On Wednesday, the Obama administration said it was "deeply disturbed" by Tuesday's attack on Kfar Owaid and accused the government of continuing to "mow down" its people. The French foreign ministry said everything must be done to stop this "murderous spiral."
The United Nations says more than 5,000 people have died since March as Syria has sought to put down the uprising ' part of the Arab Spring protests that have toppled long-serving, unpopular leaders in Tunisia, Egypt and Libya.
Activists said given the high death toll of the past few days, the Syrian government appears to be furiously trying to control the situation on the ground before the full Arab League monitoring team arrives.
Indeed, activists said government forces appeared to have gained full control of the rebellious Jabal al-Zawiya region, where Kfar Owaid is located, as of Wednesday evening.
Many of them blamed the Arab League for giving the Syrian regime a lifeline and a chance to kill more people and called for nationwide protests on Friday against the observer mission. "Protocol of death, a license to kill," was the slogan for the planned protests, a reference to the protocol of the Arab League plan signed by Syria this week.
In addition to the monitors, the Arab League plan calls for Syria to halt its crackdown, open talks with the opposition, withdraw military forces from city streets and allow in human rights workers and journalists. The 22-member Arab League has also suspended Syria's membership and leveled economic and diplomatic sanctions.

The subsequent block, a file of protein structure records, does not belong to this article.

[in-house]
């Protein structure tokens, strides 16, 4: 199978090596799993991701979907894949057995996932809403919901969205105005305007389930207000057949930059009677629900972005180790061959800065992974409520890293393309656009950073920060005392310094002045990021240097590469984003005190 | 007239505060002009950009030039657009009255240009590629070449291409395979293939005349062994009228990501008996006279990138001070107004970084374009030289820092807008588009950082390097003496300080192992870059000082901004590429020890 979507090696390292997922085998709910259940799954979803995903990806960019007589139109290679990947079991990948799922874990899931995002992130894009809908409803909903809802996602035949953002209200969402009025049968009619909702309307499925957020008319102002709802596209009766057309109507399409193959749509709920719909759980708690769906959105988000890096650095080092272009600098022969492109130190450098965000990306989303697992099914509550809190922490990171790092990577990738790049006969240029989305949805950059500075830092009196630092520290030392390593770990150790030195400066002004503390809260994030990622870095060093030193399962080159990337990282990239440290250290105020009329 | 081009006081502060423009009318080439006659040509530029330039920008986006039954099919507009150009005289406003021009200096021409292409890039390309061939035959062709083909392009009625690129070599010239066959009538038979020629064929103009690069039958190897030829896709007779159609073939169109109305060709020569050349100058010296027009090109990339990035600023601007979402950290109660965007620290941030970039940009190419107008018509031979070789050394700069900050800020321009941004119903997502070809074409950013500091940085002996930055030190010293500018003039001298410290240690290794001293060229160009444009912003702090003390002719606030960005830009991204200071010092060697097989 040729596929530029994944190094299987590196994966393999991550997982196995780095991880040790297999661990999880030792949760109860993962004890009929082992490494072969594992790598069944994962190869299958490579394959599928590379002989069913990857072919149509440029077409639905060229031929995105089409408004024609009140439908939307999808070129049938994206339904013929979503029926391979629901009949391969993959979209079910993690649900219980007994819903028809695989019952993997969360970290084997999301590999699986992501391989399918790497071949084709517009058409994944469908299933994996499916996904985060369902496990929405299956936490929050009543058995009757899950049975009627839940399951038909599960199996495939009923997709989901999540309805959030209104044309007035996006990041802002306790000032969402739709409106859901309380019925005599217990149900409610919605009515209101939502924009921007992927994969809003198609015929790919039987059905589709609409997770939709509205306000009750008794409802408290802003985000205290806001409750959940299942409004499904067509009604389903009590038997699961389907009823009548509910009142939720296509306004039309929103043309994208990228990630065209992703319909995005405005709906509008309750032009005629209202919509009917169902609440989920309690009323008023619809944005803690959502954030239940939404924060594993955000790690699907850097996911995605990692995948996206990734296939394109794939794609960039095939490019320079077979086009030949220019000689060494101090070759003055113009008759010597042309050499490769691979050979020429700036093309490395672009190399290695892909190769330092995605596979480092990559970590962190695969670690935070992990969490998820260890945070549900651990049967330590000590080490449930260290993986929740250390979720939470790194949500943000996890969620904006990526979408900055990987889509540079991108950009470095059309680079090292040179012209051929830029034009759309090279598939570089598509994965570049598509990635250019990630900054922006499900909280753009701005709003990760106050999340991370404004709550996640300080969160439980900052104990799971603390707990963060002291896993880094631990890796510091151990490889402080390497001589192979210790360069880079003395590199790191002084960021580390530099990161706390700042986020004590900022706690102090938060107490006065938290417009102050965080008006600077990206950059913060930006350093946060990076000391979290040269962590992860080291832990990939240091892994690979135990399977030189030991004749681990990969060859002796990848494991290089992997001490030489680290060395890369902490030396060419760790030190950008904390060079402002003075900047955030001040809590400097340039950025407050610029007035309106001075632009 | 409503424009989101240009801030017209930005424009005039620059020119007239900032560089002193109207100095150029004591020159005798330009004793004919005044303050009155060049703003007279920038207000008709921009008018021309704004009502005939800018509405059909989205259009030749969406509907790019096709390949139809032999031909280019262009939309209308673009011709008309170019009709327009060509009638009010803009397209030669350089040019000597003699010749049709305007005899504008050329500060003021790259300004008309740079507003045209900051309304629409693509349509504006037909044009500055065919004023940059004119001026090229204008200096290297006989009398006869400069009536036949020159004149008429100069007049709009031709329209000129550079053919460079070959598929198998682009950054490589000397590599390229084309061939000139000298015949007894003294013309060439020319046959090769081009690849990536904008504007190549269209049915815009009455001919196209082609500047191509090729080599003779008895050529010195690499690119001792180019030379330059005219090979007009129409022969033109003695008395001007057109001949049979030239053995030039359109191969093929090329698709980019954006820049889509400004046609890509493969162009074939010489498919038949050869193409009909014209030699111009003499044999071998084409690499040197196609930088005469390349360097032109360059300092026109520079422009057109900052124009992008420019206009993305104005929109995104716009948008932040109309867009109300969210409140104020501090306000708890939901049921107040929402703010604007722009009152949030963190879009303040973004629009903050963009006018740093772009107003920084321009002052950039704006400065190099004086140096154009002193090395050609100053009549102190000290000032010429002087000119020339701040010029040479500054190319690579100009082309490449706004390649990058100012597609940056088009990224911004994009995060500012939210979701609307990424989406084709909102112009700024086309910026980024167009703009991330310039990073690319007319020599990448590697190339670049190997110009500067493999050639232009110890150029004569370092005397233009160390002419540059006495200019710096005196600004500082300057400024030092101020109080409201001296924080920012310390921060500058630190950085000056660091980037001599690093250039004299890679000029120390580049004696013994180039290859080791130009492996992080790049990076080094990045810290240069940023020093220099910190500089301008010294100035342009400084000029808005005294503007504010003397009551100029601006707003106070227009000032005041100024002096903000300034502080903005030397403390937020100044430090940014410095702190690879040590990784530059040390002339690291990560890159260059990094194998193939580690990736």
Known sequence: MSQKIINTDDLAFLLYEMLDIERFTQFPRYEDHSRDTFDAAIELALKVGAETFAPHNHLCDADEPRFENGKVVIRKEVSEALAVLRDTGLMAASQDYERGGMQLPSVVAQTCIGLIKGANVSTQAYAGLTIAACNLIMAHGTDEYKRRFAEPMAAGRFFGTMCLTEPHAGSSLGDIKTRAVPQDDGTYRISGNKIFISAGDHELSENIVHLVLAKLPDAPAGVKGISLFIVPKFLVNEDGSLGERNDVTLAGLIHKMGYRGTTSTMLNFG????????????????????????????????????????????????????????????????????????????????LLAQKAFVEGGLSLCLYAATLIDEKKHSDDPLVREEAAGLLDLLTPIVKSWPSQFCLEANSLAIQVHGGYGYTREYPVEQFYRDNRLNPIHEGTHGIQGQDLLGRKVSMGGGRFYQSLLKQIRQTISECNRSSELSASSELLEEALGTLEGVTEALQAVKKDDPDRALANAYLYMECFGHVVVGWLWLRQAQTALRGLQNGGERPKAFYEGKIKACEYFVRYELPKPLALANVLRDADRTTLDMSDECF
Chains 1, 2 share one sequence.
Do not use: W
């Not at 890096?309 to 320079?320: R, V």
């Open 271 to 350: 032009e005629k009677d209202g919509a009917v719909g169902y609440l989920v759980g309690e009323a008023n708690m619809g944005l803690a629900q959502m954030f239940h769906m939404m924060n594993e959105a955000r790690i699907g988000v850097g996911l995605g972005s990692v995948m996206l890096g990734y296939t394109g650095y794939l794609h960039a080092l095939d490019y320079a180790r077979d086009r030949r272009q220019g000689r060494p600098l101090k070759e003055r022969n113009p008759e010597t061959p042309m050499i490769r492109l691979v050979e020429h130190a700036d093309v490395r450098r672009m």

Sameer Seif el-Yazal, the assistant Arab League secretary general who is leading the advance team to set up the monitoring mission, said they will work with the Syrians on defining locations to send the observers. An observer team of around 20 experts in military affairs and human rights will head for Syria on Sunday, led by Lt. Gen. Mohammed Ahmed Mustafa of Sudan.
"We will carry out some necessary preparations to receive the mission on the ground including housing, transportation and communications and security," el-Yazal told reporters in Cairo before leaving for Damascus.
Another team of 100 observers will leave for Syria within two weeks, according to the Arab plan. A total of 500 observers are planned.
That attack on Kfar Owaid was among the deadliest so far in Syria. The mountainous region of Jabal al-Zawiyah has been the scene of clashes between troops and army defectors, as well as weeks of intense anti-government protests.
"Thousands of soldiers and special forces have deployed, there are tanks and checkpoints every few meters, snipers everywhere," an activist in Kfar Owaid told The Associated Press by telephone Thursday,
He said he was on the run and spoke on condition of anonymity, fearing for his own safety.
The Syrian government has not commented on the death toll in Kfar Oweid and other areas in the past few days, but state-run news agency SANA said Thursday that its forces stormed areas in southern and northern Syria, arresting and killings dozens of "terrorists" during raids and clashes. Syria blames terrorists and foreign agents for the uprising.
It said a colonel in the al-Shammas neighborhood in Homs province lost both his legs Wednesday when a bomb planted in the engine of his car exploded.
Associated Press writers Suzan Fraser in Ankara and Maamoun Youssef in Cairo contributed to this report.